As Everton have drawn their last five matches at Stamford Bridge it seems premature to suggest this one indicates a crisis is brewing at Chelsea, but context is everything. With five points from 18, winless in four league matches, the champions are enduring their worst run of results for a decade. Insiders and outsiders are still bemused by the axing of Ray Wilkins and the team, their own manager admits, is "scared" and playing "poor football".
Like the Australian cricketers, the aura has gone. Everton, 16th before kick-off and coming off a 4-1 home drubbing by West Brom, were hardly replete with confidence themselves but the way they pushed forward in search of a winner in the closing minutes showed that avoiding defeat at the champions is no longer the summit of opponents' ambition. As Phil Neville said: "The only disappointment is that we didn't win."
Carlo Ancelotti usually defends his players, but he has clearly decided on a different approach to shake them out of timidity. Having been critical before a game he called the "most important of the season", he gave them both barrels afterwards. The Italian emerged from a long post-match inquest to say he was "angry" and "very disappointed". His team "played only long ball", were "afraid", "unable to play our football", "lacked desire in the second half" and "have to wake up".
Ancelotti added that although he was not sleeping well and not relaxed, he did not feel under pressure for his job. In a sane world he should not. He is a proven manager, injuries have hit the team, and firing him would only make the club more unstable. However, as Wilkins can testify, normal rules do not apply at Chelsea. The last time their results were so poor, Ken Bates fired Gianluca Vialli. Roman Abramovich has since been even less patient. The Russian was not present on Saturday ("cooking fondue for the Blatters in his dacha", suggested one tweeter) but may be back for a demanding trio of forthcoming matches: Tottenham (a), Manchester United (h), Arsenal (a).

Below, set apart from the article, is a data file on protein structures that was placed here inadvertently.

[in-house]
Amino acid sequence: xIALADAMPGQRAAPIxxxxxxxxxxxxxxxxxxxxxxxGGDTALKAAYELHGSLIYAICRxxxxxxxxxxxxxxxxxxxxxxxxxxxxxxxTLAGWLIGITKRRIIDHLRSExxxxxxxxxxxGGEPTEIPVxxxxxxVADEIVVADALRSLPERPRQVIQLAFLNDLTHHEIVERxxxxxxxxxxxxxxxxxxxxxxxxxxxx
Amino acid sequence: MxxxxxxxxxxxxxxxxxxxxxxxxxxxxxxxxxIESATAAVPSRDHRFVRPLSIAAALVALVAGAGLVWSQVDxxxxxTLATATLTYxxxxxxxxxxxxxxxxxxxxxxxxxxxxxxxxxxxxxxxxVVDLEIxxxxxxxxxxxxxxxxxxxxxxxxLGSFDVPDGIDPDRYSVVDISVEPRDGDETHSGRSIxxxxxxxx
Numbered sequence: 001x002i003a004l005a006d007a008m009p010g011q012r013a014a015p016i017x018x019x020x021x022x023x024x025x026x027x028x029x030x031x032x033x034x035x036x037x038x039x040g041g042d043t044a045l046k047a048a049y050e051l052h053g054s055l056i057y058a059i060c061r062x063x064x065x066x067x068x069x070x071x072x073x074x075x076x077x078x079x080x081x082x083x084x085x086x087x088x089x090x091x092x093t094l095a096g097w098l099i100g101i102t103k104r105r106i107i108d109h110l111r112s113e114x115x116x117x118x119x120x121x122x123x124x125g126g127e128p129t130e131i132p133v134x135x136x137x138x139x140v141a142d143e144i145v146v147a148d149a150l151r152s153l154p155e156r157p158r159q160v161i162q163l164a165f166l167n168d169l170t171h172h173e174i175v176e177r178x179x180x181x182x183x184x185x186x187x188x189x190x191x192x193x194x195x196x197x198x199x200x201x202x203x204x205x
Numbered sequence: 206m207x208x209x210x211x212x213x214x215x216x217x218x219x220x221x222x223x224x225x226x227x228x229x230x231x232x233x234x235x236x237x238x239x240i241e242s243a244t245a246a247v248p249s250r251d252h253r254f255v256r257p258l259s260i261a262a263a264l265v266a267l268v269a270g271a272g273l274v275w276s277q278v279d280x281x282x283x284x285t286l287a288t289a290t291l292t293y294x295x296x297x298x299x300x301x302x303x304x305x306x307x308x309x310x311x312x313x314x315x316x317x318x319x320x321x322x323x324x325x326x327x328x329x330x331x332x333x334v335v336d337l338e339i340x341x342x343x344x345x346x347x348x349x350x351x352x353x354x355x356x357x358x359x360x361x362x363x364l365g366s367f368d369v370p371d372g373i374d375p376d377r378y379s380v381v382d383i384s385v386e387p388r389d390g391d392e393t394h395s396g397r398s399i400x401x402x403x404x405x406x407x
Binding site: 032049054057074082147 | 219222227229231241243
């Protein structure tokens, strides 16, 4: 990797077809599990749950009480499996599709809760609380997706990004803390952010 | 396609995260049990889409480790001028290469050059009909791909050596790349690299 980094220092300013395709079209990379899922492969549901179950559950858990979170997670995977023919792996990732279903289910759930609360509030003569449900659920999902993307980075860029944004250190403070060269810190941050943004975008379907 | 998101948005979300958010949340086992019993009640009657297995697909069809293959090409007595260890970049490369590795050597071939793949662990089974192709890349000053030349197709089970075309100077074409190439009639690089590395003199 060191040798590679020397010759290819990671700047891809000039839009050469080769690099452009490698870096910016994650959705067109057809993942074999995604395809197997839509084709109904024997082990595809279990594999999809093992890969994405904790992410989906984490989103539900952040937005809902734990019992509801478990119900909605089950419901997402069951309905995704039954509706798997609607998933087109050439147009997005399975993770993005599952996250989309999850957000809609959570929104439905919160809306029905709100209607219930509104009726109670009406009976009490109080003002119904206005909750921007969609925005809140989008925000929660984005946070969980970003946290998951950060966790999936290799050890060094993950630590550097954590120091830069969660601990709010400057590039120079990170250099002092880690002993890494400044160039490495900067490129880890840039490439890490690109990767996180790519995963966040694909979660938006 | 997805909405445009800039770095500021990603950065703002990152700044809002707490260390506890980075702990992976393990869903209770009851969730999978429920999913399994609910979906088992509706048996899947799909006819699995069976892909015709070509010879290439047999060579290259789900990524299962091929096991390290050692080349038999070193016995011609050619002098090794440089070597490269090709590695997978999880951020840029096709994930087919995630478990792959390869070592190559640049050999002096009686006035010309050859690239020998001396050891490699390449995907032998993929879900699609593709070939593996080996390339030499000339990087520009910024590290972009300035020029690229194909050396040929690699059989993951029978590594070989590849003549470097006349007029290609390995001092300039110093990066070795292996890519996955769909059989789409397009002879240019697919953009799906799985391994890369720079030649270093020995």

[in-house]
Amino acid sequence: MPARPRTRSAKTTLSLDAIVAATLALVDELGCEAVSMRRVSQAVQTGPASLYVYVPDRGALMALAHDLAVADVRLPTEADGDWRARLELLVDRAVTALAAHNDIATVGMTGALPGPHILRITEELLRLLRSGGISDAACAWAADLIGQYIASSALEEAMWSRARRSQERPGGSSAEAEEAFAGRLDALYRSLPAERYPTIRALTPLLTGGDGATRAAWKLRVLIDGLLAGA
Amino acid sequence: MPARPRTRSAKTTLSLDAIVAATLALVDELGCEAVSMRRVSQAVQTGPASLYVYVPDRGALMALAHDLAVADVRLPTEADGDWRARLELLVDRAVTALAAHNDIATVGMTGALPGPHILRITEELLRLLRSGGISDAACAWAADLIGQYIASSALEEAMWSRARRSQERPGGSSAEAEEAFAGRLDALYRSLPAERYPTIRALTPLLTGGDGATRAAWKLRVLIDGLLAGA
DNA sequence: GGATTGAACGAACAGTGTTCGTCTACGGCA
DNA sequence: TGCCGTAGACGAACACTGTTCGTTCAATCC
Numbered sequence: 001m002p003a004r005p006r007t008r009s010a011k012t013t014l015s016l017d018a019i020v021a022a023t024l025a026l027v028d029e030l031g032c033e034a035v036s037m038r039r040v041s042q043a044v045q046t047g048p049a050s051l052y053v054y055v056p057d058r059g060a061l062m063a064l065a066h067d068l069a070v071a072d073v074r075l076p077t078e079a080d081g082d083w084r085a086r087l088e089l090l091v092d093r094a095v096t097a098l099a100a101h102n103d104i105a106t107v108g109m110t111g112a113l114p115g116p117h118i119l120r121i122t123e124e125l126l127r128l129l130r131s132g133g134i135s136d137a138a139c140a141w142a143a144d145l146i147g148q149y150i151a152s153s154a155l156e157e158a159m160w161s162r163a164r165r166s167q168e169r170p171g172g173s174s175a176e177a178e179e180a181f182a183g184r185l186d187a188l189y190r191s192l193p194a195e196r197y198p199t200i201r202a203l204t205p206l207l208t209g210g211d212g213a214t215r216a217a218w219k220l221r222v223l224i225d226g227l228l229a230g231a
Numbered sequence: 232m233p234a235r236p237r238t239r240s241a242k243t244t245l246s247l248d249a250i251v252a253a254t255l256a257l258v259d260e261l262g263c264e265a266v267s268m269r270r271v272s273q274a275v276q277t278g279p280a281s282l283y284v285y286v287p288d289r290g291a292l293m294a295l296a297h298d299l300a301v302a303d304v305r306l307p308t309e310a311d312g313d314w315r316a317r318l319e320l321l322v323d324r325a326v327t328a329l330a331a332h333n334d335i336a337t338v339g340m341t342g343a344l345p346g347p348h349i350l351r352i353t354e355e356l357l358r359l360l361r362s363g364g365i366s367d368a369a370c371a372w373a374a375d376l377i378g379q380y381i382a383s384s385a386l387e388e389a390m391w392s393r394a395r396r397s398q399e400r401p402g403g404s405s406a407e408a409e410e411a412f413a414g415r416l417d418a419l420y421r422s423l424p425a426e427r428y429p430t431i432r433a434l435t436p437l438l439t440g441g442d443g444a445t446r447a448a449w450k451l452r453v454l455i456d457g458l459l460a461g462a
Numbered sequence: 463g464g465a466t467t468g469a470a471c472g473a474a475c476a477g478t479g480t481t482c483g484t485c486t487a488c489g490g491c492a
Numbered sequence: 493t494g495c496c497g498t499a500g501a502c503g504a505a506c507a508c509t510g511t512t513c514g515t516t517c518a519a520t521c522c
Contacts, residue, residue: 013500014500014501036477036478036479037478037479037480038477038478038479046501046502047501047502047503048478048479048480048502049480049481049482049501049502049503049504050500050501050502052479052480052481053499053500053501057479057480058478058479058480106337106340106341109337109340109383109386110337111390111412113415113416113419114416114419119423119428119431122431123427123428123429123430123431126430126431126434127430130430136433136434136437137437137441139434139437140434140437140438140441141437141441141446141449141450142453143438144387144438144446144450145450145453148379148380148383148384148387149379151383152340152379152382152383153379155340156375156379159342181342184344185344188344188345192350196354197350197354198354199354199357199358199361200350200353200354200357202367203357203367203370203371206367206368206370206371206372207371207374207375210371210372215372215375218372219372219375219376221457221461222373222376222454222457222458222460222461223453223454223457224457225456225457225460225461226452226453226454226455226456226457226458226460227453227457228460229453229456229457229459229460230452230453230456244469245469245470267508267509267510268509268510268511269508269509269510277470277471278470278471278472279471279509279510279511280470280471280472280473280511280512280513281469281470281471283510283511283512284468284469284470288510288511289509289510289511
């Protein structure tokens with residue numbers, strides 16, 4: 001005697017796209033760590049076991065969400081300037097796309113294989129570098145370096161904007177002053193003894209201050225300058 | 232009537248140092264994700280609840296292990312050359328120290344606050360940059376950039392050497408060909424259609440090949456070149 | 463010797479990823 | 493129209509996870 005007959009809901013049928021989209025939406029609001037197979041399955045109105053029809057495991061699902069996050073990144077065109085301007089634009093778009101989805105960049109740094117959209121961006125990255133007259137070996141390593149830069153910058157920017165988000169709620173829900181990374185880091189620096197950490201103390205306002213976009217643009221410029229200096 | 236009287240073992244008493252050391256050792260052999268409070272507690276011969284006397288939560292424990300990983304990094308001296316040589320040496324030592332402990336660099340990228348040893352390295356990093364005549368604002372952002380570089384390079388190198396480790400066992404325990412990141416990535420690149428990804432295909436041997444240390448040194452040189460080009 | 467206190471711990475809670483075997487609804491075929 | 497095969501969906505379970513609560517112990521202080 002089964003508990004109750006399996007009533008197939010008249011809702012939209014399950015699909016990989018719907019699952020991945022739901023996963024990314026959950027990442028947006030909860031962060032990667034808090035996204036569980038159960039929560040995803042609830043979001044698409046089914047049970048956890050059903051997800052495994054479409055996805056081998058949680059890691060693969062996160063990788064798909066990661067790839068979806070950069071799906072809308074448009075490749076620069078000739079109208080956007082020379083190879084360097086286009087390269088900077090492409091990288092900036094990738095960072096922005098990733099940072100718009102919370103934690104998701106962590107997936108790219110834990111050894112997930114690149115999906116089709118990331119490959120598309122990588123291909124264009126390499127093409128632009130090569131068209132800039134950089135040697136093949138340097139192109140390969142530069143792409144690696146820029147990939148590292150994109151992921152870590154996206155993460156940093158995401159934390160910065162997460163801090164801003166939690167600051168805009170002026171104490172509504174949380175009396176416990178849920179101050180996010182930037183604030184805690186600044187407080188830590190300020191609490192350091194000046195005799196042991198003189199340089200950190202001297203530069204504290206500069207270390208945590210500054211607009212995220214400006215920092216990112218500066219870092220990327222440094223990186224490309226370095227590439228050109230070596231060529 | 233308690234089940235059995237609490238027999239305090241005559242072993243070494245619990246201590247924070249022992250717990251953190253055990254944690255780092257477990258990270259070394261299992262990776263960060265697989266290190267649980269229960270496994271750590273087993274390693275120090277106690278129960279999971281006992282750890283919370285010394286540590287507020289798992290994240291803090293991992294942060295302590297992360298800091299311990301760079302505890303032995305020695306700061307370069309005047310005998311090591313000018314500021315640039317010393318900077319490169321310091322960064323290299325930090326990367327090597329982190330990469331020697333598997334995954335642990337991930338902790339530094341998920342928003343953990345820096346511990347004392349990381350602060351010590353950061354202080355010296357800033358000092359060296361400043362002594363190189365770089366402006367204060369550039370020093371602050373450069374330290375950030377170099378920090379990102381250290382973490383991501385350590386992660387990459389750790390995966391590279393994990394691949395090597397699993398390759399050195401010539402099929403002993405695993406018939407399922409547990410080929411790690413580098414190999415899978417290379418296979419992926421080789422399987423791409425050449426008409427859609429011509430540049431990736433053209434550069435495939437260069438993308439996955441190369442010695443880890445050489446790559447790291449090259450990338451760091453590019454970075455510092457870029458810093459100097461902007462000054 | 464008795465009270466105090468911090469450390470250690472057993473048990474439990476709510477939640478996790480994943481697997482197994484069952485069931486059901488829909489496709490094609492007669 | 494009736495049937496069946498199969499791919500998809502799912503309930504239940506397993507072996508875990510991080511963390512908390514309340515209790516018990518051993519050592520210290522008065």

Ancelotti added that the players needed to stick together and not seek a scapegoat. His team had began nervously but improved, John Terry hitting the bar before Drogba put them ahead from the spot. That was down to a knee-jerk decision from Lee Probert, after Nicolas Anelka leapt into a stationary Tim Howard. "Anelka's mullered me," said Howard, "and I thought the [yellow] card must be for him. When he booked me I was dumbfounded, but nine times out of 10 when the referee sees that kind of collision, he thinks that the goalkeeper has gone for the player."
Probert also missed a penalty when Seamus Coleman cleaned out Ashley Cole as he was about to put Chelsea two-up. He was right, though, not to over-react when Tim Cahill caught Petr Cech as the Australian attempted to stretch past Terry to reach a cross. As Moyes pointed out, the fact Cech has been hurt in the past does not make it an offence. Probert also handled well a clash between Florent Malouda and Phil Neville. The latter drew credit for getting up and running away after it appeared that Malouda had delivered a retaliatory slap following a heavy tackle. Yet replays suggested Neville had initially over-reacted, nursing his face where there had been no contact, before quickly repenting.
After Jack Rodwell hit the post Jermaine Beckford levelled, and might have laid on a winner if he had better awareness. Beckford was the main man at Leeds and, admits Moyes, still needs to learn about team-play: "Drogba would have played someone in and they'd have won the game. That's the difference in quality. If you get those moments and don't make the right decision it kills you." It will come, Moyes has to polish such uncut diamonds, but players like Cahill, Phil Jagielka and Leighton Baines shows he can. It may not look it from the league table, but Everton's faith in Moyes shows the value of stability. Ancelotti, and, surely, most Chelsea fans, will hope that the club''s capricious owner recognises the principle applies to rich clubs as well.